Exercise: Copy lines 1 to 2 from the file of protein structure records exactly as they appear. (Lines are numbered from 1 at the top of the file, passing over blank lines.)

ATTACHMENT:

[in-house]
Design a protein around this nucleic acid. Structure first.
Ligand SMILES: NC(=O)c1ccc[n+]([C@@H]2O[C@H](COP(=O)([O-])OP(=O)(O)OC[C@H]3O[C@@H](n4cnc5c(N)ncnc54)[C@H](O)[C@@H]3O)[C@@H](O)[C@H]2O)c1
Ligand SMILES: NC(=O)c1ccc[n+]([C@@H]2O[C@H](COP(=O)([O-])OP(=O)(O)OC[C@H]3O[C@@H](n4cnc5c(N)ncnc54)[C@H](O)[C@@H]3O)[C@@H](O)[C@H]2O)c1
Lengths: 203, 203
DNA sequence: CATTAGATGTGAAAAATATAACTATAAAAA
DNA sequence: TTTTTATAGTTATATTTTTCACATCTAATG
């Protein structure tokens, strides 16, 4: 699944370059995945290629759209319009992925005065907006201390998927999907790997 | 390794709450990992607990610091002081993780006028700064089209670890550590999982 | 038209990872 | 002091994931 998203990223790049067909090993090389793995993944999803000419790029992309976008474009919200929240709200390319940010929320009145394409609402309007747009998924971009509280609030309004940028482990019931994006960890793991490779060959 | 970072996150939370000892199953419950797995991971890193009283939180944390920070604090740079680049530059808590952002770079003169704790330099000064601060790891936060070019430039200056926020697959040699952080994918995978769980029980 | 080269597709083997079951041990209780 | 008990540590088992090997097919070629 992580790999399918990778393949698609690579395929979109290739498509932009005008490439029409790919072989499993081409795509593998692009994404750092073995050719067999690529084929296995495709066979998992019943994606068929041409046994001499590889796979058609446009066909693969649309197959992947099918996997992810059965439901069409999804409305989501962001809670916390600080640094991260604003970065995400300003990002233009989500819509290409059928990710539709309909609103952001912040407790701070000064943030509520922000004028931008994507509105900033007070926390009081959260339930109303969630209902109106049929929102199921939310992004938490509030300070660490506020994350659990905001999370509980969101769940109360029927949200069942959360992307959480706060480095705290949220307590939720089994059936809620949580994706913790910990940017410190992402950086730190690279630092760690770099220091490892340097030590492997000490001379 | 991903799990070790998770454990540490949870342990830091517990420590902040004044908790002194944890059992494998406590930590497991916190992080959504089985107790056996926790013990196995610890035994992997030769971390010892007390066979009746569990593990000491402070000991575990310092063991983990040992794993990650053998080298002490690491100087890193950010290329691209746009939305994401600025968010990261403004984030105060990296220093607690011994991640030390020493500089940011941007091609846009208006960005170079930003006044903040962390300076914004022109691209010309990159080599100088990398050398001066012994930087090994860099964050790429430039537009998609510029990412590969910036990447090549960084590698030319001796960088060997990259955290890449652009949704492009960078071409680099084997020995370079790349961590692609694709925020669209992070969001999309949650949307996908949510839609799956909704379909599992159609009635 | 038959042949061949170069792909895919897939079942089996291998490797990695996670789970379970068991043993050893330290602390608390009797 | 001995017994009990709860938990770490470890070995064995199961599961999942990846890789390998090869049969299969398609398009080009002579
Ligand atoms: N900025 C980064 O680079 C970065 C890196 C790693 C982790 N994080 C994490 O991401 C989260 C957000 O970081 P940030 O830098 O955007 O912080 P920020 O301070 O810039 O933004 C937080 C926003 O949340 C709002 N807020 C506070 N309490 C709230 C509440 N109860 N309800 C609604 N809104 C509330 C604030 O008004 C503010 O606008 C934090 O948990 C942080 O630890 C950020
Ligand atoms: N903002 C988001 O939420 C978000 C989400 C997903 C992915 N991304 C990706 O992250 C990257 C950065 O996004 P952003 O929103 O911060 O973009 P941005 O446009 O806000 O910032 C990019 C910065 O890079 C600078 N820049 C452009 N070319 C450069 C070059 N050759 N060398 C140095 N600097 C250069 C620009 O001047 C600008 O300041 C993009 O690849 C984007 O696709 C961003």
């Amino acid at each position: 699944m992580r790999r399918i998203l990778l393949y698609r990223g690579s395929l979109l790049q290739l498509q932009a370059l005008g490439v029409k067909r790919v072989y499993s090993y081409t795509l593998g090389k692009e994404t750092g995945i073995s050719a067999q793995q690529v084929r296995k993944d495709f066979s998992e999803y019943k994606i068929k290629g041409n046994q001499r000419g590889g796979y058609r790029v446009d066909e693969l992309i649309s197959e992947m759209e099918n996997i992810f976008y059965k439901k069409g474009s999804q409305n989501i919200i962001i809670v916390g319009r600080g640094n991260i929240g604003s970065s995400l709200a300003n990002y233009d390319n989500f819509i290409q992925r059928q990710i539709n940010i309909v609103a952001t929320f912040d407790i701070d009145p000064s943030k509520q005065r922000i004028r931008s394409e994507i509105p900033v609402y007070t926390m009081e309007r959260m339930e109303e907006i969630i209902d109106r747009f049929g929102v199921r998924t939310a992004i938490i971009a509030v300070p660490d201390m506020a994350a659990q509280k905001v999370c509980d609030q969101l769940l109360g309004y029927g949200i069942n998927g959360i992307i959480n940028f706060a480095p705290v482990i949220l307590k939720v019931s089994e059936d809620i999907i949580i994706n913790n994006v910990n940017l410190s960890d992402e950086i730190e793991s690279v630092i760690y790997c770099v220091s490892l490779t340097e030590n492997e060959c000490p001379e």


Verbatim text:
[in-house]
Design a protein around this nucleic acid. Structure first.